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Kevin Wanden
Posted 30 days ago

Marist Brothers Apology

Members of the Marist Brothers have recently been given the opportunity to meet with former students from Marist schools. Experiences were shared of their Marist life, discipline and teaching methods received from a Marist education. While the Marists have achieved some great successes in educating generations of youth throughout Aotearoa, it is with deep sadness that some of the experiences shared were intensely upsetting and confronting. The Marist Brothers want to thank those individuals for their courage in sharing their experiences and vulnerability with them.


During these meetings, sexual abuse, excessive corporate punishment, physical discipline, and their long-lasting impacts were shared. Listening to these experiences has helped the Marist Brothers to reflect more deeply on events, particularly during the 1960s and early 70s. Corporal punishment has been embedded in the education system throughout Aotearoa for many decades. It wasn’t until the 1980s that it was beginning to be phased out before finally being banned in July of 1990. What is being addressed today are examples of excessive physical punishment by individuals. The Marist Brothers condemn such behaviour.


Meetings with those affected allowed the Marist Brothers the opportunity to listen, learn and witness the healing that can be achieved by acknowledging these failings. Sadly, it is only today that the impact and lasting effects of abuse are being understood. Experiences shared have highlighted how abuse can present itself in many forms, such as anxiety, fear, addiction, broken relationships, anger, or depression. Often carried throughout adult lives. To promote further healing, the Marist Brothers see the importance of recognizing the damage that has been caused more widely.


The Marist Brothers want to offer an apology to anybody who has experienced any form of harm while in their care. It is with deep regret that we acknowledge that by some, excessive punishment was used as a tool to steer learning through fear. The power and responsibility entrusted to the Marist Brothers should never have been used to harm any child. This goes against the vision of St Marcellin Champagnat, the Marist Brothers’ founder. St Marcellin Champagnat believed in nurturing the spirits of children through schooling and education. This ethos was resonant among the first men who began the first Marist Brothers school in 1818. Those foundational principles are an inspiration to the Brothers today.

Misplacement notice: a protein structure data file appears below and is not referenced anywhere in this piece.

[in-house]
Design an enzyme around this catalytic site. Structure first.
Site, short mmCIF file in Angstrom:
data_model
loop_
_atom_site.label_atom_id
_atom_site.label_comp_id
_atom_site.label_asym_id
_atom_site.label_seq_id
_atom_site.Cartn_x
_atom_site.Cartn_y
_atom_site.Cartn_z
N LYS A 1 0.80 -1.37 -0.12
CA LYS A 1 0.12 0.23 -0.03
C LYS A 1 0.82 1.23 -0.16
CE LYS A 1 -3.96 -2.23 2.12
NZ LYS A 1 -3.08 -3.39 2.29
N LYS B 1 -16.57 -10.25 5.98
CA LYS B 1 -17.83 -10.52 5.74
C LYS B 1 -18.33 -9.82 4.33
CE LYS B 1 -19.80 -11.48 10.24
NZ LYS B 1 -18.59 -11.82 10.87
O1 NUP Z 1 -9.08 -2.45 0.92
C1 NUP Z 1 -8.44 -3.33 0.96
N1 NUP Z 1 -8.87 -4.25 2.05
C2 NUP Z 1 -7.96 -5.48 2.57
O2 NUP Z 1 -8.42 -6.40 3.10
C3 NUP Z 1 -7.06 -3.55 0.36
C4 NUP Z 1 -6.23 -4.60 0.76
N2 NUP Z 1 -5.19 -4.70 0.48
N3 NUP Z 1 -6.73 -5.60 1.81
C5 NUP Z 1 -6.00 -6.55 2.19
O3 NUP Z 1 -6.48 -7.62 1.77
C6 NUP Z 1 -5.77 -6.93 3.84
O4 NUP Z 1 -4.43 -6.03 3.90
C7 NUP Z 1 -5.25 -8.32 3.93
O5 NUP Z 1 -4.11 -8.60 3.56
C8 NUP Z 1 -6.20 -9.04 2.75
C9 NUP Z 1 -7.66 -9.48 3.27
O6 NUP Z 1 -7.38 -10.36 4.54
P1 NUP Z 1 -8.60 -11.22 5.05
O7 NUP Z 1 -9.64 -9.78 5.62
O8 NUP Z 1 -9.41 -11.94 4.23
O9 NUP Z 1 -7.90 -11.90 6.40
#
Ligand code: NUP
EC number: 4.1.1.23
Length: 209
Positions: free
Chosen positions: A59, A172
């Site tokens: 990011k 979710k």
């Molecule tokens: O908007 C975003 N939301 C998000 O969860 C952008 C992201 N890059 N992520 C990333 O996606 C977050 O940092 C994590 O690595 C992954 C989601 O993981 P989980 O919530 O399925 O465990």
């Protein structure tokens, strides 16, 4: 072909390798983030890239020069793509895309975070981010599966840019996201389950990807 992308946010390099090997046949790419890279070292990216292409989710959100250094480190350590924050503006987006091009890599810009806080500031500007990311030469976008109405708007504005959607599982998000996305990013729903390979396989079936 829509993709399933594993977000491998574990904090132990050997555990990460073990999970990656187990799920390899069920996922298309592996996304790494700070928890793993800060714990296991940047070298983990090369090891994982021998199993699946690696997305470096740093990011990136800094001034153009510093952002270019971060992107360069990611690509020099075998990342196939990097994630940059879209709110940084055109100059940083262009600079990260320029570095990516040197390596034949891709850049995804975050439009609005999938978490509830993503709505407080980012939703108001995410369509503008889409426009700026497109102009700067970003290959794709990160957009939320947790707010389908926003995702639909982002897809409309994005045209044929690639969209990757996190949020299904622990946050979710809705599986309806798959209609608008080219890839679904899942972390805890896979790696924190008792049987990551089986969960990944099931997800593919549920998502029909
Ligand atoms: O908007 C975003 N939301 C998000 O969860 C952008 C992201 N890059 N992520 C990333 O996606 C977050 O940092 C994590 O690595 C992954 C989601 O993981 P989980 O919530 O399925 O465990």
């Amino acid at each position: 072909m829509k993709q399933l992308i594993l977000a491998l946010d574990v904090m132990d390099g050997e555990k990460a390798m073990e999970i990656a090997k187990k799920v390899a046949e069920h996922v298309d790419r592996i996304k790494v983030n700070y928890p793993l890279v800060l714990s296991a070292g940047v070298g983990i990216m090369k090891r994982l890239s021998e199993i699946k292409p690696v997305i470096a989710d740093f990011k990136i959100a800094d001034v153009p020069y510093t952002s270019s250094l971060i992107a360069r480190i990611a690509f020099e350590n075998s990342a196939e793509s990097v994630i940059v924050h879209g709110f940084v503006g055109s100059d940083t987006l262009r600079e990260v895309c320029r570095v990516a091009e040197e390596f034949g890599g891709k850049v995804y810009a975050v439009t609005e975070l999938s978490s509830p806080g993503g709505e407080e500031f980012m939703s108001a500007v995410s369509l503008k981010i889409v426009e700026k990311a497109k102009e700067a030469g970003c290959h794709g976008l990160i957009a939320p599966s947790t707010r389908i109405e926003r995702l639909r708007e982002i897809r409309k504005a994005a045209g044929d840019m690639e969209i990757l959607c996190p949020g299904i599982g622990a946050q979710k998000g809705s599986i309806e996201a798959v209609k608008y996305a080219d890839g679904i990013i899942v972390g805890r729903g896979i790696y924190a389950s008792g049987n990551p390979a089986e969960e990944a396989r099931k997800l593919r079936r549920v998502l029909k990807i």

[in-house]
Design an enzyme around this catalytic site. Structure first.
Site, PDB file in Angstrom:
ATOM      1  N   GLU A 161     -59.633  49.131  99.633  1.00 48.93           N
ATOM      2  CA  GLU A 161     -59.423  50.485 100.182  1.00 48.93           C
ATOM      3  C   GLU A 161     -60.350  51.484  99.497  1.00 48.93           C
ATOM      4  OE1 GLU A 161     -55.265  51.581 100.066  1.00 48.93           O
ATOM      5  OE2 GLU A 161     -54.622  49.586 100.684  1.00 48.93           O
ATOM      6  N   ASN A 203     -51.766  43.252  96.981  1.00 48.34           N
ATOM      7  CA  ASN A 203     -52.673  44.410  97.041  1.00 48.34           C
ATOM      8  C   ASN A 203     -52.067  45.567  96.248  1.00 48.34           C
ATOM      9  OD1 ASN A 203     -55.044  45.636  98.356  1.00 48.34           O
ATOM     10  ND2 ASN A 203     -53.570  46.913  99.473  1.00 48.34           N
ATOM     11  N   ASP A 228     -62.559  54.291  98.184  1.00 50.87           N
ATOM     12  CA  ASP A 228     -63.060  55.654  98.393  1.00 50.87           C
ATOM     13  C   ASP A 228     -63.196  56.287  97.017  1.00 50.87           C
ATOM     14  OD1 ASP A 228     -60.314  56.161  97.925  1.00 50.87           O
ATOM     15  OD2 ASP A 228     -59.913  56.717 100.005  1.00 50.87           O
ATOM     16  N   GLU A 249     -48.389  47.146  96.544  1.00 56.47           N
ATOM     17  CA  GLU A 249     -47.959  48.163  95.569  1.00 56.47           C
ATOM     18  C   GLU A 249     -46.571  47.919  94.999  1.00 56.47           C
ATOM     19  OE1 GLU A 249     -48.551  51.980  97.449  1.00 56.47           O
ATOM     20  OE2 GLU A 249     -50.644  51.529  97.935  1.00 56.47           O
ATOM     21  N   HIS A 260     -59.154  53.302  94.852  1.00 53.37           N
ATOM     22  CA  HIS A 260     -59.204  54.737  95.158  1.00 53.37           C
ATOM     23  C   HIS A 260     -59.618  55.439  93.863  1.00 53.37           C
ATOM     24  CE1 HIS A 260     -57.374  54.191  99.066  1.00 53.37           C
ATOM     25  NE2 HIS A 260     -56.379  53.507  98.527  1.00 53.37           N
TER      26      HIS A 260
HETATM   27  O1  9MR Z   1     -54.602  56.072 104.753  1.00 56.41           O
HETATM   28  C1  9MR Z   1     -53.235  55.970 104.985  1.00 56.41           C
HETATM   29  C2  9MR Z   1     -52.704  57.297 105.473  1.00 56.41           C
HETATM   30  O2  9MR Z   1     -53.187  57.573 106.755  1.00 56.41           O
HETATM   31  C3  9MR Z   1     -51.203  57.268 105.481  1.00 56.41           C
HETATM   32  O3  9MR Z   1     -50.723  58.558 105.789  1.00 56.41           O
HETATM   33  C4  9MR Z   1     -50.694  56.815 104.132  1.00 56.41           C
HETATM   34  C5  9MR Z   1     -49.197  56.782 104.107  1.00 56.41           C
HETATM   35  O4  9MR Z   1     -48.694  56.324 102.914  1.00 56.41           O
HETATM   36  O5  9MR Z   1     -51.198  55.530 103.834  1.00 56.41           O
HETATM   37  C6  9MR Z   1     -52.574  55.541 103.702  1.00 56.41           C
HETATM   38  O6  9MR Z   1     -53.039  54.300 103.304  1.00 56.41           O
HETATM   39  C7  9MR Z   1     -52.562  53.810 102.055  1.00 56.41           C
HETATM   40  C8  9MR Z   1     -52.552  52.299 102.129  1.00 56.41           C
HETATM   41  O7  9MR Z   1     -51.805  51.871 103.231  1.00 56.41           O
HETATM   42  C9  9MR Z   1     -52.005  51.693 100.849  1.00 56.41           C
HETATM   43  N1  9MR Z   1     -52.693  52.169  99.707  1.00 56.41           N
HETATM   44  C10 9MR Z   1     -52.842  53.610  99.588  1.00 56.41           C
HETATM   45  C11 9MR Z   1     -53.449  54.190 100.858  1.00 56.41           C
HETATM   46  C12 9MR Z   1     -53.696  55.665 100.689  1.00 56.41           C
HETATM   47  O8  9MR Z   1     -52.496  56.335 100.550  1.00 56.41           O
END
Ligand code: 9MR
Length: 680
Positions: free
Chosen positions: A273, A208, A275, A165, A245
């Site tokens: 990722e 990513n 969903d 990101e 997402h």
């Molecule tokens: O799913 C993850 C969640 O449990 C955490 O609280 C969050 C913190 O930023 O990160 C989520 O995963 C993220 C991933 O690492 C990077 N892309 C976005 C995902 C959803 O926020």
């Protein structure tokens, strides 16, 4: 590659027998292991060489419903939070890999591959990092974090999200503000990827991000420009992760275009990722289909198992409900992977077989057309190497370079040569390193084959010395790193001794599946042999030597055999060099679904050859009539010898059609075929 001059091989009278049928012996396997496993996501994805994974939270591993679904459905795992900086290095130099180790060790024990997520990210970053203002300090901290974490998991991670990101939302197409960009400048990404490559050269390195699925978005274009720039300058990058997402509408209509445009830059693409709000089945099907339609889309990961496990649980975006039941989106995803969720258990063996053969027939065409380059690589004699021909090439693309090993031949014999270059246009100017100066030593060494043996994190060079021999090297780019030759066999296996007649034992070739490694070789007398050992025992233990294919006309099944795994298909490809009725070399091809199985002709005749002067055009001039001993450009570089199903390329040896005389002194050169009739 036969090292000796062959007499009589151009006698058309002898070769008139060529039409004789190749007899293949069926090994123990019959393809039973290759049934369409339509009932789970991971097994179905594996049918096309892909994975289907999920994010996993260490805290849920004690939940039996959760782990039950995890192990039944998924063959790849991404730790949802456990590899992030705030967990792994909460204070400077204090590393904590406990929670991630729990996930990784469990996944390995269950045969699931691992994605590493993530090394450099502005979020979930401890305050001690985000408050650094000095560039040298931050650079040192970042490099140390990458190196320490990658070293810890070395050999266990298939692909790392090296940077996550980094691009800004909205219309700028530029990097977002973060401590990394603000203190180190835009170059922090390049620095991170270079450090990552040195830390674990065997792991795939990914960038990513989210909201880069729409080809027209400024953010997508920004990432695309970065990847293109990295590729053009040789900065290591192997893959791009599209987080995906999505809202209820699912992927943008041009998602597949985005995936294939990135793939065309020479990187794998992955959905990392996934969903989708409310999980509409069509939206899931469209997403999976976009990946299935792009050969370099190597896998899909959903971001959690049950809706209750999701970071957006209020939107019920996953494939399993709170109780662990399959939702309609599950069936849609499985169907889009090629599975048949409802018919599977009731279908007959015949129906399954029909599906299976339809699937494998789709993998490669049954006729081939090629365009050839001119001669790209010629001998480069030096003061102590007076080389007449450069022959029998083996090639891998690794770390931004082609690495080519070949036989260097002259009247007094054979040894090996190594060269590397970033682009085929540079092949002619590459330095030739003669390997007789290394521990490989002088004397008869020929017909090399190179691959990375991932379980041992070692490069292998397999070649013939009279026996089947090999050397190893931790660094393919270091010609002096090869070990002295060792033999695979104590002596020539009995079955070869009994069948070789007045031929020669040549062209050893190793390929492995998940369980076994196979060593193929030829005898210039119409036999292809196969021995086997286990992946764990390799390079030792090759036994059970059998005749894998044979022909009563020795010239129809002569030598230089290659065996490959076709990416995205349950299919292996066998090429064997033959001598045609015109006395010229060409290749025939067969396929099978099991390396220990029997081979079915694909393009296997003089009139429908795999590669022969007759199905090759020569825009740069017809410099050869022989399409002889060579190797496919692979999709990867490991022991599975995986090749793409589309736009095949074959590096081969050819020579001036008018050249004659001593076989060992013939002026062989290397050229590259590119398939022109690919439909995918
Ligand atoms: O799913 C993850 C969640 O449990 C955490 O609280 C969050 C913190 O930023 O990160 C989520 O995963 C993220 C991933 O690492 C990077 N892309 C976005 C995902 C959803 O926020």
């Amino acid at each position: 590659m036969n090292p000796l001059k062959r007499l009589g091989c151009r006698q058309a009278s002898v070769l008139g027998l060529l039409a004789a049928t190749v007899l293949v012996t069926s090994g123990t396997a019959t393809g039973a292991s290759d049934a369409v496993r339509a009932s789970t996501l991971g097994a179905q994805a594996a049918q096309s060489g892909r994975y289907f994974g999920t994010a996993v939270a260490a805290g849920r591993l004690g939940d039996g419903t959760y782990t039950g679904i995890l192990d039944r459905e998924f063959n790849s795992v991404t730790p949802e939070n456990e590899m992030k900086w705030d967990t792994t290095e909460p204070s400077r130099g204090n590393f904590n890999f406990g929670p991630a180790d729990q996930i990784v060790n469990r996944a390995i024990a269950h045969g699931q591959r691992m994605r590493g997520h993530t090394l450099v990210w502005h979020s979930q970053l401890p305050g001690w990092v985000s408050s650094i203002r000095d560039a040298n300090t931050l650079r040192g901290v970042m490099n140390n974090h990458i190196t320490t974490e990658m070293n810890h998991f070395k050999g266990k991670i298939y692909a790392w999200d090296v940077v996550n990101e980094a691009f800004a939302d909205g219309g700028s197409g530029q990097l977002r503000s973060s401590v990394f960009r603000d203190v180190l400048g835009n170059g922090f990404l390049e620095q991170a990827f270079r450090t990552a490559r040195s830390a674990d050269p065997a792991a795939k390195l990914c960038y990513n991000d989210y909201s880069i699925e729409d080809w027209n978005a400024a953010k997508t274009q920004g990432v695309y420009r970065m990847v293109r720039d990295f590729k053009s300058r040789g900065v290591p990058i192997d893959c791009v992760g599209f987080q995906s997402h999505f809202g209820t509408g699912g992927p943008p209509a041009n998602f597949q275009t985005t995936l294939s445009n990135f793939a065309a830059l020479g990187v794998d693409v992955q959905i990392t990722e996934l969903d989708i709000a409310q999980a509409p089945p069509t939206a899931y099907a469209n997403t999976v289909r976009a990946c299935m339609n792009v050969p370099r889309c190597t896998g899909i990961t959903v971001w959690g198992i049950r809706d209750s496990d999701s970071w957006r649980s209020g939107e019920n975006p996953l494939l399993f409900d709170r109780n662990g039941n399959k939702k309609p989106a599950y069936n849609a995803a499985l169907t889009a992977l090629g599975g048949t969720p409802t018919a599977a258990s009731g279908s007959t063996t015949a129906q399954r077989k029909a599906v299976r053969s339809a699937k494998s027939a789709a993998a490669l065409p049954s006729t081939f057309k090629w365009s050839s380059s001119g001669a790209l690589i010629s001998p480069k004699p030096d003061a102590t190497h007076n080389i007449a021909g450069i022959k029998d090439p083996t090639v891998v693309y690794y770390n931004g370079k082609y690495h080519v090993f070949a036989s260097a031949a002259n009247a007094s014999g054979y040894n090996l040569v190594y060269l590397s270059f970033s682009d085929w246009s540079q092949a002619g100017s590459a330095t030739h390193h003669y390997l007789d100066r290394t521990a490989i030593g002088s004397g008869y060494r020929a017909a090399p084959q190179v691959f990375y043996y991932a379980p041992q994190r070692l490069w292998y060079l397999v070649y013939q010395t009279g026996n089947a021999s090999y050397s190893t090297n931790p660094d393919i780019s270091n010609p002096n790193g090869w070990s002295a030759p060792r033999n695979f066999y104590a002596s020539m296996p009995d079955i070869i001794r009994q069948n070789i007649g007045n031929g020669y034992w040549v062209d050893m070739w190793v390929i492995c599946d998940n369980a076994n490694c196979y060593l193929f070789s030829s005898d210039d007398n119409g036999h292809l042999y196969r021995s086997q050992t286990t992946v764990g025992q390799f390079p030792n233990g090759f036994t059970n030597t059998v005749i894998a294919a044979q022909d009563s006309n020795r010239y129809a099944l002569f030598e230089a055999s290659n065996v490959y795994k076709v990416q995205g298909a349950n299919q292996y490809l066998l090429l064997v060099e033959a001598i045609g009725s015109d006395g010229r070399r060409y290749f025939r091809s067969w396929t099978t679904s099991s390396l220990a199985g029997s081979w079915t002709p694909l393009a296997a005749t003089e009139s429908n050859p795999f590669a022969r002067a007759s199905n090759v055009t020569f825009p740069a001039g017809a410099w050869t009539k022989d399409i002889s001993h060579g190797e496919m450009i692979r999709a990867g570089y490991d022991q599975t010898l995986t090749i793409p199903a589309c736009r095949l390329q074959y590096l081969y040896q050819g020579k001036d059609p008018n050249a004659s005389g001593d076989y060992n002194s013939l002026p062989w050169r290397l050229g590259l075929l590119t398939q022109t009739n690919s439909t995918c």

Today, the Marist Brothers adhere to strict safeguarding regulations before offering Ministry that involves children or vulnerable adults, this includes a Police check and appropriate safeguarding training.


We understand each person impacted deals with trauma differently. Some want to share their experiences more fully, while others may choose not to. If you are ready or choose to in the future, you can contact the Marist Brothers Professional Standards Office (PSO) directly to share your experiences and discuss available support.


The National Office for Professional Standards (NOPS) are available to investigate any complaint of sexual abuse against Religious and Clergy within the Catholic Church; NOPS can also facilitate organizing support or therapy if necessary.
While this might seem daunting and confronting, please rest assured that the utmost confidentiality will be respected, we will try to navigate support and reporting in a manner that is suitable for you.


Jonathan Sankey
Marist Brothers Professional Standards Office (PSO)
P: 022 648 4014
E: PSO@pacificdps.com


For complaints of sexual abuse please contact:
National Office for Professional Standards (NOPS)
P: 0800 114 622
E: prof.standards@nzcbc.org.nz

 

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